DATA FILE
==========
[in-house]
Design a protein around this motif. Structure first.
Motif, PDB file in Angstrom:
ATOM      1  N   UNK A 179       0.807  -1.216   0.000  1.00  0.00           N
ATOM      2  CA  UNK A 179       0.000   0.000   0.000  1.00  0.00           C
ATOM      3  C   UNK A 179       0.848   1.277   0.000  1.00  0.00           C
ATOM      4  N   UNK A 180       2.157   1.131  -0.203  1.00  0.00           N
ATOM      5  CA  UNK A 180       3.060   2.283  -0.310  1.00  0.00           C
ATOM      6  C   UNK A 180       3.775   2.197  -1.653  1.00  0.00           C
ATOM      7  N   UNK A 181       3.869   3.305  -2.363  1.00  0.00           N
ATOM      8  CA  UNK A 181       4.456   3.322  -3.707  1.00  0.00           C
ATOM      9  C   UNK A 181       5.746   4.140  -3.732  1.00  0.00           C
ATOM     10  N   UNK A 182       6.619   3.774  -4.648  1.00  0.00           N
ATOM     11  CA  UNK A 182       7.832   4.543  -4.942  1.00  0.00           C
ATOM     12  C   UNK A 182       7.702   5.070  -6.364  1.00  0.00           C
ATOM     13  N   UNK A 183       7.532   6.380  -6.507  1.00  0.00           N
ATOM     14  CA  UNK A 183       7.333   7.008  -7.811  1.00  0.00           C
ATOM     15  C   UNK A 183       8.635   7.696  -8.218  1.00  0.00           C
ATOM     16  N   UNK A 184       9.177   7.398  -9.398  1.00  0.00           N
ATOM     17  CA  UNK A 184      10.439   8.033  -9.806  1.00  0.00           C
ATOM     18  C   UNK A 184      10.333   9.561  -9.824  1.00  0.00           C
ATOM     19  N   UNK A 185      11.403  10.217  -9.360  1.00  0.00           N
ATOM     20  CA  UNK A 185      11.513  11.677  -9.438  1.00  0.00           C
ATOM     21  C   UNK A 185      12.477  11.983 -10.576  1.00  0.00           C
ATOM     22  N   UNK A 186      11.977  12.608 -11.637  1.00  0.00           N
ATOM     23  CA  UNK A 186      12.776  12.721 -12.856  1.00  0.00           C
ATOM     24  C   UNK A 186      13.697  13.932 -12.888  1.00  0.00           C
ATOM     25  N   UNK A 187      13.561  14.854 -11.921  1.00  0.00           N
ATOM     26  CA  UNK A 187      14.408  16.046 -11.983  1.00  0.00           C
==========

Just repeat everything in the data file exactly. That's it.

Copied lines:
[in-house]
Design a protein around this motif. Structure first.
Motif, PDB file in Angstrom:
ATOM      1  N   UNK A 179       0.807  -1.216   0.000  1.00  0.00           N
ATOM      2  CA  UNK A 179       0.000   0.000   0.000  1.00  0.00           C
ATOM      3  C   UNK A 179       0.848   1.277   0.000  1.00  0.00           C
ATOM      4  N   UNK A 180       2.157   1.131  -0.203  1.00  0.00           N
ATOM      5  CA  UNK A 180       3.060   2.283  -0.310  1.00  0.00           C
ATOM      6  C   UNK A 180       3.775   2.197  -1.653  1.00  0.00           C
ATOM      7  N   UNK A 181       3.869   3.305  -2.363  1.00  0.00           N
ATOM      8  CA  UNK A 181       4.456   3.322  -3.707  1.00  0.00           C
ATOM      9  C   UNK A 181       5.746   4.140  -3.732  1.00  0.00           C
ATOM     10  N   UNK A 182       6.619   3.774  -4.648  1.00  0.00           N
ATOM     11  CA  UNK A 182       7.832   4.543  -4.942  1.00  0.00           C
ATOM     12  C   UNK A 182       7.702   5.070  -6.364  1.00  0.00           C
ATOM     13  N   UNK A 183       7.532   6.380  -6.507  1.00  0.00           N
ATOM     14  CA  UNK A 183       7.333   7.008  -7.811  1.00  0.00           C
ATOM     15  C   UNK A 183       8.635   7.696  -8.218  1.00  0.00           C
ATOM     16  N   UNK A 184       9.177   7.398  -9.398  1.00  0.00           N
ATOM     17  CA  UNK A 184      10.439   8.033  -9.806  1.00  0.00           C
ATOM     18  C   UNK A 184      10.333   9.561  -9.824  1.00  0.00           C
ATOM     19  N   UNK A 185      11.403  10.217  -9.360  1.00  0.00           N
ATOM     20  CA  UNK A 185      11.513  11.677  -9.438  1.00  0.00           C
ATOM     21  C   UNK A 185      12.477  11.983 -10.576  1.00  0.00           C
ATOM     22  N   UNK A 186      11.977  12.608 -11.637  1.00  0.00           N
ATOM     23  CA  UNK A 186      12.776  12.721 -12.856  1.00  0.00           C
ATOM     24  C   UNK A 186      13.697  13.932 -12.888  1.00  0.00           C
ATOM     25  N   UNK A 187      13.561  14.854 -11.921  1.00  0.00           N
ATOM     26  CA  UNK A 187      14.408  16.046 -11.983  1.00  0.00           C